David Holmgren: design approach to food security
By Russ Grayson. First published 2007.
Based on a David Holmgren’s (and here) address at the food security theme day of the Australian City Farms & Community Gardens Network’s national conference, March 2007, Collingwood Town Hall, Melbourne.
STANDING THERE ON THE STAGE and looking out over the several hundred gathered in front of him, did he momentarily reflect that this is where his work, started thirty years ago in that southernmost capital city of Australia, would lead him? Did he ever imagine that he and his collaborator’s ideas would be the reason that people nationwide would come to listen to him?
a grassroots, international movement of practitioners, designers and organisations – of networks
He stands there briefly, in front of that crowd, then starts to talk about a design system for sustainable living, “ …one that’s concerned with both the production and consumption side and that is based on universal ethics and design principles which can be applied in any context”.
There’s no prizes for guessing what David Holmgren is talking about. For those that do not know, he went on to describe permaculture as “a grassroots, international movement of practitioners, designers and organisations – of networks”.
Quickly, he warms to his topic that day in late March 2007 when he addressed the national conference of the Australian City Farms and Community Gardens Network on the day set aside for presentations on food security.
That the day would be set aside for such a topic is testament to the journey from fringe to mainstream that the idea of food security has traveled. It seems just a few years ago that people would respond with a ‘what’s that?’ on hearing those two words. Then, it was heard mainly in the isolated conversations of international development practitioners. How things change!
The design approach to sustainability
“I want to take the design approach of permaculture to look at food security in a future world of low energy availability,” David announces. He suggests that there is confusion over the issue of food and that is is only now starting to appear in official sustainability thinking.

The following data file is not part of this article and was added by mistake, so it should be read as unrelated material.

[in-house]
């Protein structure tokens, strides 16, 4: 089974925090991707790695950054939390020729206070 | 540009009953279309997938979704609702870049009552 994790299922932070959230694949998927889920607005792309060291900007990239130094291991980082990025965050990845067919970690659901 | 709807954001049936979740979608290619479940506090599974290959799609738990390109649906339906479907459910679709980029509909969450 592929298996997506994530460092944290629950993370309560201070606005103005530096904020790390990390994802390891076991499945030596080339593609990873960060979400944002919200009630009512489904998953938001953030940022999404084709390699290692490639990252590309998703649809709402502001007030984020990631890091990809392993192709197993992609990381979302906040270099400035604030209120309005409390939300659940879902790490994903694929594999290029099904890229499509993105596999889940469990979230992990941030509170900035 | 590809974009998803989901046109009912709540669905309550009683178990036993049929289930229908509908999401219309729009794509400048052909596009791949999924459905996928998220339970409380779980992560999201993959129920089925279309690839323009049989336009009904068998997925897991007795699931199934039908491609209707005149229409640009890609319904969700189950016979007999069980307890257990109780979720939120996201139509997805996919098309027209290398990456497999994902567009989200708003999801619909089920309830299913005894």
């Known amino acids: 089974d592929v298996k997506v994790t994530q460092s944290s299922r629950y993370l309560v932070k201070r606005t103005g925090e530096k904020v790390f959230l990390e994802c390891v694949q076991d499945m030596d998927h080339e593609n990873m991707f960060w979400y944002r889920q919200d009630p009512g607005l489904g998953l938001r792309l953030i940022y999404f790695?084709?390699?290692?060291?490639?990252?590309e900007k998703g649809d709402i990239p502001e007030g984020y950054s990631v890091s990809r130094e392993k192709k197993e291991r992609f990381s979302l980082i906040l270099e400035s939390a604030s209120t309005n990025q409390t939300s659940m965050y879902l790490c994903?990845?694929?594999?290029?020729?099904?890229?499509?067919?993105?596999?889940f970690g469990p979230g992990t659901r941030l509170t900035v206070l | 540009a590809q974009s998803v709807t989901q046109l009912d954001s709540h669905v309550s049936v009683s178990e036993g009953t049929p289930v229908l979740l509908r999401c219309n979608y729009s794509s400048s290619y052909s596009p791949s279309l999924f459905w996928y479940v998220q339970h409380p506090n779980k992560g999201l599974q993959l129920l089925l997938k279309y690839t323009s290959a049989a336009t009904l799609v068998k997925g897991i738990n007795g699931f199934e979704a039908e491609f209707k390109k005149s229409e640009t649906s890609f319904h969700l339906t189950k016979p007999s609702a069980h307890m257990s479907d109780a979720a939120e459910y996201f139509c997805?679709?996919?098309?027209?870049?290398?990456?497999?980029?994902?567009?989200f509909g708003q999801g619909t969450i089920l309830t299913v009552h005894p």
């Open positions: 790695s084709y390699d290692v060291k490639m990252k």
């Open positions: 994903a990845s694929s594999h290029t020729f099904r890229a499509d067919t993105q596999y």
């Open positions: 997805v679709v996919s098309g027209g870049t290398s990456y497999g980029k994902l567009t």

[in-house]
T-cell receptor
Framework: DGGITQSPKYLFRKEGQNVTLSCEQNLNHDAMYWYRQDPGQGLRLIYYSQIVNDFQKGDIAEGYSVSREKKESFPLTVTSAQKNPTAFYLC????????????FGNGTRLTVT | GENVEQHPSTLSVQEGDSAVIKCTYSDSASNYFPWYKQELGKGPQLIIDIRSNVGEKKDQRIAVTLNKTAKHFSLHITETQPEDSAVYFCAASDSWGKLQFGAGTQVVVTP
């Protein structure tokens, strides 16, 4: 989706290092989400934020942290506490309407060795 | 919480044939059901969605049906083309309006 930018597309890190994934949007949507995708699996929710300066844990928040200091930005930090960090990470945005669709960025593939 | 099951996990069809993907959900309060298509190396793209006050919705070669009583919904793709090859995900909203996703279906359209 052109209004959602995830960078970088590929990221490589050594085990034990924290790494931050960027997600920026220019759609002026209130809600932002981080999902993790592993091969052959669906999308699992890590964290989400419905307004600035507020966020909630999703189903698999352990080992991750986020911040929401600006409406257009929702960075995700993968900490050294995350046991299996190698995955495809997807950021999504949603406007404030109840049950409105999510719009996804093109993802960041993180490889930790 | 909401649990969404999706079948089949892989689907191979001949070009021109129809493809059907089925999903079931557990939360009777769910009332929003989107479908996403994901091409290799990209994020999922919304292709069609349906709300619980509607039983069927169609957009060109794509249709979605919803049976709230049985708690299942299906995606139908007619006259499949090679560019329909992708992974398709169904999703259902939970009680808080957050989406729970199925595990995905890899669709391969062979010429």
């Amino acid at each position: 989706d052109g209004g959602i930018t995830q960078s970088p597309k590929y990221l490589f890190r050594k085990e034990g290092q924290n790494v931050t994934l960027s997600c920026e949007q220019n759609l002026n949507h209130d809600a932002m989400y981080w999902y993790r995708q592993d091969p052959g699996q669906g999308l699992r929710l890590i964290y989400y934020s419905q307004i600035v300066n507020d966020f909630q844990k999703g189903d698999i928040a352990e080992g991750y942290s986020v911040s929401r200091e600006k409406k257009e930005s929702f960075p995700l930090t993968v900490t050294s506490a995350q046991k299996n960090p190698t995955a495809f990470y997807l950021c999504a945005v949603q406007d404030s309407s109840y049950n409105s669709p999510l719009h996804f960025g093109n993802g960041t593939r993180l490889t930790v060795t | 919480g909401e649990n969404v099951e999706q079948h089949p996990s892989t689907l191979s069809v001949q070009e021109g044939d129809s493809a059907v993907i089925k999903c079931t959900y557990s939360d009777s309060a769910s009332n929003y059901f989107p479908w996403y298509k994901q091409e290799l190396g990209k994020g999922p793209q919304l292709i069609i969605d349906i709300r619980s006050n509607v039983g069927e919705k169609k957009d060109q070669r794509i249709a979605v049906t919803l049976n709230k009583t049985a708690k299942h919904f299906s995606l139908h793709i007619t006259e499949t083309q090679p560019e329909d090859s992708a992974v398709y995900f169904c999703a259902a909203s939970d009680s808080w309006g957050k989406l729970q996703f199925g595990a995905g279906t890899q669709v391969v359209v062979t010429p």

“The official version of sustainability we get from government, very well intended and often well informed… it’s all about buildings and transport but it’s not about food. This is why gardening is seen as a hobby rather than a serious form of agriculture”.
David has long advocated that the production of food in our cities, whether in home or community gardens, should be recognised as a valid form of small scale agriculture. What he talks about, in effect, is the farming our suburbs. He coined the term ‘garden agriculture’ in recognition of this.
Part of the household economy
David distinguishes between garden and urban agriculture. “I see urban agriculture to be in some way commercial or which produces a surplus for sale. Garden agriculture I see as part of the household economy where people produce for their own needs. Of course, there’s a complementary relationship between them”.
The practice of home garden agriculture is an Australian tradition, just as it is for most cultures. It is not something new. You hear this when people recall how their parents or grandparents had a backyard vegetable patch or kept a few chooks. Those recollections indicate the problem, however. Home gardening has become a memory for all too many, a memory that harks back to their early childhood.